·     Who is the publisher? Is it a university press, a commercial publisher, a professional or trade association, the government, or is it self-published?

·     In what type of journal/magazine does the article appear? Is it a scholarly journal, trade journal, or a magazine?

·     .edu = educational institutions 
.com = commercial/ business organizations 
.org = non-profit/ other organizations 
.gov = government agencies 
.net = network resources

 

Objectivity

  • Are biases clearly stated?
  • Are any political/ ideological agenda hidden to disquise its purpose?
  • Do they use a misleading name or other means to do this?

Books

Articles

Websites

·     Who is the intended audience? Is the book for general readers? Students? Researchers?

·     Who is the intended audience?  Is the article in a publication that is written for general readers?  students? researchers?

·     Who is the intended audience? Is the web site written for children? general readers? researchers?

·     Why was the book written?  To inform?  persuade? teach?  entertain?

·     Why was the article written?  To inform?  persuade? teach?  entertain?

·     Why was the web site created?  To inform?  persuade? teach?  entertain? just for fun?

·     Is there a preface or introduction to identify objectives?

·     What are the affiliations of the author?

·     What are the affiliations of the author?

 

 

Currency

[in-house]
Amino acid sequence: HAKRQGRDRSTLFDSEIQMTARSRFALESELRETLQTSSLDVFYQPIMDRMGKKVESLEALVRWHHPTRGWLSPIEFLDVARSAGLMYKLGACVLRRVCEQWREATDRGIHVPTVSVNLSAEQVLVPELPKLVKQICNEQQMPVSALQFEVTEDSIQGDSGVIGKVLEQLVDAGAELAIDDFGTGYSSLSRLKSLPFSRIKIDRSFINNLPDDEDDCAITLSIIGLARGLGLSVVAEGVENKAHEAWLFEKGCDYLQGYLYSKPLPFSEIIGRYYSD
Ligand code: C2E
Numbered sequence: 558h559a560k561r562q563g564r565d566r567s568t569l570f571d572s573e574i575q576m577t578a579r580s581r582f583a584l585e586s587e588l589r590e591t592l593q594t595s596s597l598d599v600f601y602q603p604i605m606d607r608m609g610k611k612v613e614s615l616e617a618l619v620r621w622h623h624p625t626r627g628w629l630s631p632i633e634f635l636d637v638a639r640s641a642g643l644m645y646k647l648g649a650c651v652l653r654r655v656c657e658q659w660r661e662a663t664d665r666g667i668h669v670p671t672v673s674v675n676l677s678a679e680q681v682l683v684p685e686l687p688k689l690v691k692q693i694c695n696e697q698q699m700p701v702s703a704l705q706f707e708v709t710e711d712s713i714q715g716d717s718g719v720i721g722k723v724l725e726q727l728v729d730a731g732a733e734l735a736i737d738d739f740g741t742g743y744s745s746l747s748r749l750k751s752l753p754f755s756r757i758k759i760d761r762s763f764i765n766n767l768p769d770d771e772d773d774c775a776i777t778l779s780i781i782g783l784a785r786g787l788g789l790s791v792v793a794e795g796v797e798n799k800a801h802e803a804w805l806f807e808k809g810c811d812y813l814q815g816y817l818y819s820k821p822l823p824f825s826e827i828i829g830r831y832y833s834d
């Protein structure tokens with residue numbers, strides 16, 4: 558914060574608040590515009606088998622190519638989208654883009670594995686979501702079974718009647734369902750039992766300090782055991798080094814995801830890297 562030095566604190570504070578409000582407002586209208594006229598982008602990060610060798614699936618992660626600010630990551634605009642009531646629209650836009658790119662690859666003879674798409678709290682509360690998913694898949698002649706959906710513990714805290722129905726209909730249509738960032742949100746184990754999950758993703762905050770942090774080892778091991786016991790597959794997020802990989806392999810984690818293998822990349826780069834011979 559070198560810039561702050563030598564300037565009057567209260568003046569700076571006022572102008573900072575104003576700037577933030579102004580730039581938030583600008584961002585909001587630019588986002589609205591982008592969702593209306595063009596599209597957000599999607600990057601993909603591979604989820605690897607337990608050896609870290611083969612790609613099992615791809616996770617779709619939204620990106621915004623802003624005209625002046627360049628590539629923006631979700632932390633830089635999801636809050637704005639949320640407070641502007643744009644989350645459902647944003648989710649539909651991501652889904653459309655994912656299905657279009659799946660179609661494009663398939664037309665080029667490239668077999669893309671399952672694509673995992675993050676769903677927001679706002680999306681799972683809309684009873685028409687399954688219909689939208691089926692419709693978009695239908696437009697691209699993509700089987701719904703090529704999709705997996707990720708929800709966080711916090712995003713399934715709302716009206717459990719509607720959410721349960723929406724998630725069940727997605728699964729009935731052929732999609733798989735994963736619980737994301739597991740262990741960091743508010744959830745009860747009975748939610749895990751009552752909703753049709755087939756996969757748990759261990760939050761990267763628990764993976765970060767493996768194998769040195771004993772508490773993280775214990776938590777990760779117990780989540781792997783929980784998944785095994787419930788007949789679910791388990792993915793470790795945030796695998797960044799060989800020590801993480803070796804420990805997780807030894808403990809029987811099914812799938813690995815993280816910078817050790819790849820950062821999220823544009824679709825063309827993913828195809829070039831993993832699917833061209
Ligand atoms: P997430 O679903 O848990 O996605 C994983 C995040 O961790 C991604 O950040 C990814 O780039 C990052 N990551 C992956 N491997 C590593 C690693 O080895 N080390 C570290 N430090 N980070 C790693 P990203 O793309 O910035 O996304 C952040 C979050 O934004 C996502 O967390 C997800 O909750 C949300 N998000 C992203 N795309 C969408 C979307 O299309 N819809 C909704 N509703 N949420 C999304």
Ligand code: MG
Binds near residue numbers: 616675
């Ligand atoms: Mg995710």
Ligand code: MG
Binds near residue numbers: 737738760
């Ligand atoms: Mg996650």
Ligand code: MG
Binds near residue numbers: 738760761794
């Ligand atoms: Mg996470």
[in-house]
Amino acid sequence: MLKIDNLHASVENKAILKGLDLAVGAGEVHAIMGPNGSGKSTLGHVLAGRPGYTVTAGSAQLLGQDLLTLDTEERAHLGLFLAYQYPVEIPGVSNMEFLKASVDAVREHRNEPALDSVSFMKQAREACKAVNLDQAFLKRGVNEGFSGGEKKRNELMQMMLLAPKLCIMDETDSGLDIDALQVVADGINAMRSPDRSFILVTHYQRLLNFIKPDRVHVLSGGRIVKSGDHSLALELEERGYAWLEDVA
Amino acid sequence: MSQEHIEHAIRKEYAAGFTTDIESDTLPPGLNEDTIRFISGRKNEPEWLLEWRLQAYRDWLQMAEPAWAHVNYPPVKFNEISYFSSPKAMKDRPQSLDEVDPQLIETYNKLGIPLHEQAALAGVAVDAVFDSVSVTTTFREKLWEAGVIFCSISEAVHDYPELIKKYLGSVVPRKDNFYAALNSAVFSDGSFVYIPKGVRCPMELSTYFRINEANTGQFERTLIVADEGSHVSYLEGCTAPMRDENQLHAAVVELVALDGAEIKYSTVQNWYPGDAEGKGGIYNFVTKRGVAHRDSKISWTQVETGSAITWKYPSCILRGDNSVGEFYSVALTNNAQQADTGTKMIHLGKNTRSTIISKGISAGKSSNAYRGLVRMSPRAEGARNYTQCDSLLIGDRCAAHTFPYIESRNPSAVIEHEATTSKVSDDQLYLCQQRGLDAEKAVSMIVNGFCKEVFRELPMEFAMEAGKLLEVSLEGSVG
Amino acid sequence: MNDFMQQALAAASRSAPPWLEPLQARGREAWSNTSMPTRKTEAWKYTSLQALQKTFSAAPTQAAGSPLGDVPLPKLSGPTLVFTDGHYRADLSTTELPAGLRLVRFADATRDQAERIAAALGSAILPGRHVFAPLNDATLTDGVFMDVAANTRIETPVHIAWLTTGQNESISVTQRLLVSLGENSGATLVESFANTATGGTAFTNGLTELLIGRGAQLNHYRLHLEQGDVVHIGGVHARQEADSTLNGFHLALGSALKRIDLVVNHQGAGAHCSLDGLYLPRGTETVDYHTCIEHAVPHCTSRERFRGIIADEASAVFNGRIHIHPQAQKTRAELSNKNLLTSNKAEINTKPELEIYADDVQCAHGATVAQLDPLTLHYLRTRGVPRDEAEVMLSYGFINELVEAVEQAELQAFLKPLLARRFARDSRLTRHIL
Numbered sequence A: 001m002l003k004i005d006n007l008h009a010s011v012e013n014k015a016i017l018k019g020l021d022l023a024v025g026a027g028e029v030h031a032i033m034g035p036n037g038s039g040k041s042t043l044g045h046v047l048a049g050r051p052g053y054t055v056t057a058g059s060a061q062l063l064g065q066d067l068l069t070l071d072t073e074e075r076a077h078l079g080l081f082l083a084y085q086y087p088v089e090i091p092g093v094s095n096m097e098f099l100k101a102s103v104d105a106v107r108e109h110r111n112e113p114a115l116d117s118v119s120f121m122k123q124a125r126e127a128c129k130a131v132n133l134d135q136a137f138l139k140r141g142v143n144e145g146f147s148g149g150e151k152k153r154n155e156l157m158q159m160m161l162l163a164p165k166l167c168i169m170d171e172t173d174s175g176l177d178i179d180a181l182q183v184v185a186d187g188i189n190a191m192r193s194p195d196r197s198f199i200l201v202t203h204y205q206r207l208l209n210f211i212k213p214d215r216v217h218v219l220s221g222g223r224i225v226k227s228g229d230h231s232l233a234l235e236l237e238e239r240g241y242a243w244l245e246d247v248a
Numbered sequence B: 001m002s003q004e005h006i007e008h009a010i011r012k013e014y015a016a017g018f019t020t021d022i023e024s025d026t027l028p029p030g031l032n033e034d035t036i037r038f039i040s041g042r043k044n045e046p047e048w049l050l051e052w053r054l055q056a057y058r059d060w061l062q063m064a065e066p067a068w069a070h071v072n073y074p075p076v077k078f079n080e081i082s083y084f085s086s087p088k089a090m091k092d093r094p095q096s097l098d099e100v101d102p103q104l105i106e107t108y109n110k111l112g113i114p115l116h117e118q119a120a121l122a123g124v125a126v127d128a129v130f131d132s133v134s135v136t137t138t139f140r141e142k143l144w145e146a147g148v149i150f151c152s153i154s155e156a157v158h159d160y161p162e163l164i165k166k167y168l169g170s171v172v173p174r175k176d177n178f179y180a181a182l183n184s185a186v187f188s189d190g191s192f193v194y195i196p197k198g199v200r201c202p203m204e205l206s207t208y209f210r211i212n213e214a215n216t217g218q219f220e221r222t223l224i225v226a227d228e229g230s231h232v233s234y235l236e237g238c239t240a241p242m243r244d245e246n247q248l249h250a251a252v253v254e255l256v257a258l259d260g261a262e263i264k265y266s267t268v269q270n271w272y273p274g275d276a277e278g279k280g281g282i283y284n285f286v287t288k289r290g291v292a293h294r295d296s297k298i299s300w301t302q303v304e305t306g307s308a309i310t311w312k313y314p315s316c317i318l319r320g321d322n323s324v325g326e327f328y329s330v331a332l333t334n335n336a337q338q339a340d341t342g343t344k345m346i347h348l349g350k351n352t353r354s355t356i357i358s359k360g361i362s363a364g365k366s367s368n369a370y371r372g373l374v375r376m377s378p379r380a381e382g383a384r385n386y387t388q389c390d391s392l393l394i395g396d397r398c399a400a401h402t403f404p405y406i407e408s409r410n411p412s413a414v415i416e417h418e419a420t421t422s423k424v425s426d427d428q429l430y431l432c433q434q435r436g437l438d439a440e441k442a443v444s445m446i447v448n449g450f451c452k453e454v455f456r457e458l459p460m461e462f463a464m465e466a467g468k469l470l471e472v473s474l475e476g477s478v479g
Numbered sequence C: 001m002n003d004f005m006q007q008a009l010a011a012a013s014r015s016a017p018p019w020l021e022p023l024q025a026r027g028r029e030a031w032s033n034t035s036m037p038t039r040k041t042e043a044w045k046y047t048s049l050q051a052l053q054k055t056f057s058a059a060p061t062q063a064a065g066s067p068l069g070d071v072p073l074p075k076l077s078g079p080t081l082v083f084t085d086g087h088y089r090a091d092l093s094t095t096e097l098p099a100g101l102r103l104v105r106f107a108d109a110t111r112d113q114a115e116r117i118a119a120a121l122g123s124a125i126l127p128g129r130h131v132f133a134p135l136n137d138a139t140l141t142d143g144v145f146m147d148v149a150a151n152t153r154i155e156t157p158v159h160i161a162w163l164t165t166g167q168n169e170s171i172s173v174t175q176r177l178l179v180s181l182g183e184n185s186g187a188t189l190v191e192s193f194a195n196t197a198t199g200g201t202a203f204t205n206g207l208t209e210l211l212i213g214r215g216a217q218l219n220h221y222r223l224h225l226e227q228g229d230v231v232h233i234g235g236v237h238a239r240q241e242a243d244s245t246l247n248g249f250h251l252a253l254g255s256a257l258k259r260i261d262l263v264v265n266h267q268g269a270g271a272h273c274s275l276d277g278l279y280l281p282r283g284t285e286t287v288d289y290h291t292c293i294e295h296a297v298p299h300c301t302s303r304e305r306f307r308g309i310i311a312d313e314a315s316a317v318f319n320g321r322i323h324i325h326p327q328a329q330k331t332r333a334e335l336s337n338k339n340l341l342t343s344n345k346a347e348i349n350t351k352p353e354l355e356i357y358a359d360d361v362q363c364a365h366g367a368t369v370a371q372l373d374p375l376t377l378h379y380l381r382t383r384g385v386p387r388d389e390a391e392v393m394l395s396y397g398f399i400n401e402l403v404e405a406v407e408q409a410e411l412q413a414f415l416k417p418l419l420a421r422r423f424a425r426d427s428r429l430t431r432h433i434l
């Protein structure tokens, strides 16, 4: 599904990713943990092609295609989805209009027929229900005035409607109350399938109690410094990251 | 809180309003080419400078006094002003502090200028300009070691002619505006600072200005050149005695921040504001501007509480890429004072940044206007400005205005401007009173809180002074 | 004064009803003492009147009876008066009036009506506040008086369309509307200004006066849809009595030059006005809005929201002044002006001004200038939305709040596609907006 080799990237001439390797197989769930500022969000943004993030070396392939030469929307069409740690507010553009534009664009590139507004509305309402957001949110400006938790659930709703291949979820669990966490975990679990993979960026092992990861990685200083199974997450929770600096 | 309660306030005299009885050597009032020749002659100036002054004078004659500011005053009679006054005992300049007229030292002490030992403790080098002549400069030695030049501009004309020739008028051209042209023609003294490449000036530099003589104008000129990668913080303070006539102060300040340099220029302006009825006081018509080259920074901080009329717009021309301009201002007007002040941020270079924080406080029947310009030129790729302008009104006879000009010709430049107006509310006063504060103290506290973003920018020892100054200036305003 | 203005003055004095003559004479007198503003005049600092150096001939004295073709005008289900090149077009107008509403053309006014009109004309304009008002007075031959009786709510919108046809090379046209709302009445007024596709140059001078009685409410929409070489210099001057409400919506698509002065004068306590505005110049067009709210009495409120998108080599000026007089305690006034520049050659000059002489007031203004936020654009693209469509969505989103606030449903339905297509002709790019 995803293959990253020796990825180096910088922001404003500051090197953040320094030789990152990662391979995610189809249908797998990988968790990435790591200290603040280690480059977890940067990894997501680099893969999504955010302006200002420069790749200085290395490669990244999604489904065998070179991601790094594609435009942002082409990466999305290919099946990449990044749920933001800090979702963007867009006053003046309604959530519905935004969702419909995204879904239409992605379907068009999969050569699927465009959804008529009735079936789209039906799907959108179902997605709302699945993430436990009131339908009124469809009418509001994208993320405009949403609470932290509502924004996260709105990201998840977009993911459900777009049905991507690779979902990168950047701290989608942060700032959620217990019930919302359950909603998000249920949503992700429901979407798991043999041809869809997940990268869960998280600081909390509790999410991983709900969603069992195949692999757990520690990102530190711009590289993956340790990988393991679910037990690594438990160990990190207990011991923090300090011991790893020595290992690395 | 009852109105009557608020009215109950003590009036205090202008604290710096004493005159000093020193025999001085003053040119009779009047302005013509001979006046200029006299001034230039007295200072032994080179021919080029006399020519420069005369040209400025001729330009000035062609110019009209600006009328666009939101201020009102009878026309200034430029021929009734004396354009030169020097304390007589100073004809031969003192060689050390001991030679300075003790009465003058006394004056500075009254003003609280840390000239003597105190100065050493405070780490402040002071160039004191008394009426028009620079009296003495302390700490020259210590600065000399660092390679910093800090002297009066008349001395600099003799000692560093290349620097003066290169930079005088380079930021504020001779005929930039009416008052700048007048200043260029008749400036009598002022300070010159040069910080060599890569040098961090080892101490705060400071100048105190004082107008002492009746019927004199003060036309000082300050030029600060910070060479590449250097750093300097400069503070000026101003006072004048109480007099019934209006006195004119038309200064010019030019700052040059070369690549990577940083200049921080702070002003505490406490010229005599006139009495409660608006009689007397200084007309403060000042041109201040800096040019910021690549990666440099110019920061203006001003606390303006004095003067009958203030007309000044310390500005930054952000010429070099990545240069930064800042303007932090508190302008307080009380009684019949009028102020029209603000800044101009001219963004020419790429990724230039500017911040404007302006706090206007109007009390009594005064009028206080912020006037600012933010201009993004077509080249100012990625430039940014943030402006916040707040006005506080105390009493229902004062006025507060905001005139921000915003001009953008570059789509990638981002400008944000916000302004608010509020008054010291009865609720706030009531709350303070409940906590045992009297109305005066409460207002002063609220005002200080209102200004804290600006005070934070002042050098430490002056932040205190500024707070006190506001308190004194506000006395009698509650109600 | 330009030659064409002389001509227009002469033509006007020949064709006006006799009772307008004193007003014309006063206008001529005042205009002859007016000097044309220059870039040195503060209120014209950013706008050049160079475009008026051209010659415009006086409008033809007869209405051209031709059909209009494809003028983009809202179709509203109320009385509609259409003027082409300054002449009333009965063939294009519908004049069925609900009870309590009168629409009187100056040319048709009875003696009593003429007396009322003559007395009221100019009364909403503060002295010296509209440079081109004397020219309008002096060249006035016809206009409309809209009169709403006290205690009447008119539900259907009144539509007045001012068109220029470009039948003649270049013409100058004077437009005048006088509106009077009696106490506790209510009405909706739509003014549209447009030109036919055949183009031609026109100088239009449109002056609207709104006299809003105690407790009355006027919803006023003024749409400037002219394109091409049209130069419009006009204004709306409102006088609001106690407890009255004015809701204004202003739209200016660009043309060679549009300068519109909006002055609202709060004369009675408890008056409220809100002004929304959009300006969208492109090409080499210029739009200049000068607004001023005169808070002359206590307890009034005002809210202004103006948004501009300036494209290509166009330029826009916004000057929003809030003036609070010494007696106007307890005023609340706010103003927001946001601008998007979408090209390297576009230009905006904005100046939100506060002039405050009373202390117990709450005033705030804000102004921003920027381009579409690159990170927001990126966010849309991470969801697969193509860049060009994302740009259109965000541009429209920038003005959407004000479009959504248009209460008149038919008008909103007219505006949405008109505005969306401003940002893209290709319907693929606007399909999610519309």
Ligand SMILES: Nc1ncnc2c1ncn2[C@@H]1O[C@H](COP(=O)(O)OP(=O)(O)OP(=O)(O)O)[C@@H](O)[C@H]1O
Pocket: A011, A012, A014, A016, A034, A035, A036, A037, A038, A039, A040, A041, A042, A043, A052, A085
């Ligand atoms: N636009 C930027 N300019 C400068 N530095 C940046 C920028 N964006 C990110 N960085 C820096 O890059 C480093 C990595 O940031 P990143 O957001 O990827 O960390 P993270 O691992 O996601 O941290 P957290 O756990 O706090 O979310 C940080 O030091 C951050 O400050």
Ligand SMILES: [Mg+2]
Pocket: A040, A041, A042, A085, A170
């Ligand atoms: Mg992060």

How up-to-date is the information?

Books

Articles

Websites

·     What is the copyright date (located on the title page)?

·     What is the date of the article?

·     Are the dates listed?

·     Is the information up-to-date, out-of-date, or does the information never go out-of-date?

·     How current are the sources listed in the bibliography (dates)?

·     When was the web site first created?

·     How current are the sources listed in the bibliography (dates)?

·     When was the last time that the web site was revised?

·     Are the links still viable?  Do any linked sites identified still exist?

 

Coverage

What is the focus of the work?

Books

Articles

Websites

·     Is there a table of contents? an index?

·     What are the affiliations of the author?

·     Are there clear headings to indicate an outline to determine what aspects of the topic are covered?

·     Is the book organized logically and/or in a manner which makes it easy to understand?

·     Is there an abstract? 

·     Is there a Table of Contents? an Index? an Abstract?

·     Are there appendices to supplement the main text?

·     Does the article cover the topic comprehensively, partially, or is it an overview?  Is it primary, secondary, or tertiary information?

·     Is navigation within the web site clear?